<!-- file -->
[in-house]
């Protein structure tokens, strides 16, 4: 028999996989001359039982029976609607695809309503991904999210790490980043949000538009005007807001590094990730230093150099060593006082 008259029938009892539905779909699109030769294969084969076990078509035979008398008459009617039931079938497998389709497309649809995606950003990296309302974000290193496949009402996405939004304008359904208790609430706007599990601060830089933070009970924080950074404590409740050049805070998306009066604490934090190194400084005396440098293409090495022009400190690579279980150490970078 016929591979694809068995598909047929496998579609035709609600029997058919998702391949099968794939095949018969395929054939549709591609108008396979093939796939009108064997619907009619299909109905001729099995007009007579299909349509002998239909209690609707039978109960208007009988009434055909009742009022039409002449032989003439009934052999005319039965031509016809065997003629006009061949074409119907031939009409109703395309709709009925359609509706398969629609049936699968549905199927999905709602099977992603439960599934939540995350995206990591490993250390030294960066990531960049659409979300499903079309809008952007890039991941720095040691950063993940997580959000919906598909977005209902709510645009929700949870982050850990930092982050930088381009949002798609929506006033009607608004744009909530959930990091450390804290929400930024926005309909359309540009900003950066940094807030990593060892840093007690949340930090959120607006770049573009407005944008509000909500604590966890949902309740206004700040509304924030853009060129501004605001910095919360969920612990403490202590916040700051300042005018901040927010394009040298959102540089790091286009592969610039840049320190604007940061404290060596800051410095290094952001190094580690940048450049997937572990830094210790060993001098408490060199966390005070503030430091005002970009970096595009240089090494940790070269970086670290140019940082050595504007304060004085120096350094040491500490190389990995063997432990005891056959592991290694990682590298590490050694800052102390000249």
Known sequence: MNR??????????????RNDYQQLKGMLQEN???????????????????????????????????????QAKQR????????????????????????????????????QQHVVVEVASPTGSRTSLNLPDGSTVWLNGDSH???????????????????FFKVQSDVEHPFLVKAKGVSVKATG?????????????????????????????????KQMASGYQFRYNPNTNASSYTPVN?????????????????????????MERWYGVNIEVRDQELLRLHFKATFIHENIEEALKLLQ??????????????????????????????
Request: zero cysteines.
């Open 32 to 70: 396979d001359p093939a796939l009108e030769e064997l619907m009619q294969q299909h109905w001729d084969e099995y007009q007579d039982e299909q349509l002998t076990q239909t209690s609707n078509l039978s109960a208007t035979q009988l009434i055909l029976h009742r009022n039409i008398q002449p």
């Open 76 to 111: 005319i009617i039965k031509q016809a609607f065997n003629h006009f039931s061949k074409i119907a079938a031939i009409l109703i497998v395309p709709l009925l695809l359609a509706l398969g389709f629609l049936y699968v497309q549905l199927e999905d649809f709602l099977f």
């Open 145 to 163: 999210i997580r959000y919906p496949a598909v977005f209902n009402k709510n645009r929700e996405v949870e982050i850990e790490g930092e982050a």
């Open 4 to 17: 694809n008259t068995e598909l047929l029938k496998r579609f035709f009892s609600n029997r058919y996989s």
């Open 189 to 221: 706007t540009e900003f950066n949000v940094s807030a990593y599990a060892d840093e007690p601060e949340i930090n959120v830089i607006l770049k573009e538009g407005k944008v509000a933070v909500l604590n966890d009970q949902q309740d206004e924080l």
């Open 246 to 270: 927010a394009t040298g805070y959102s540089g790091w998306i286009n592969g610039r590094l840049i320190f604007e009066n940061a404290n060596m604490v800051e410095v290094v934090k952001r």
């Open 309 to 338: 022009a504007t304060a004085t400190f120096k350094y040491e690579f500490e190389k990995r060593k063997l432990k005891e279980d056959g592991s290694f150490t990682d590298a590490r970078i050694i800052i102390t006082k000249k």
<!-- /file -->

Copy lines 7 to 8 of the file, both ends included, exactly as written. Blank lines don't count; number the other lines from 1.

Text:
């Open 145 to 163: 999210i997580r959000y919906p496949a598909v977005f209902n009402k709510n645009r929700e996405v949870e982050i850990e790490g930092e982050a």
């Open 4 to 17: 694809n008259t068995e598909l047929l029938k496998r579609f035709f009892s609600n029997r058919y996989s």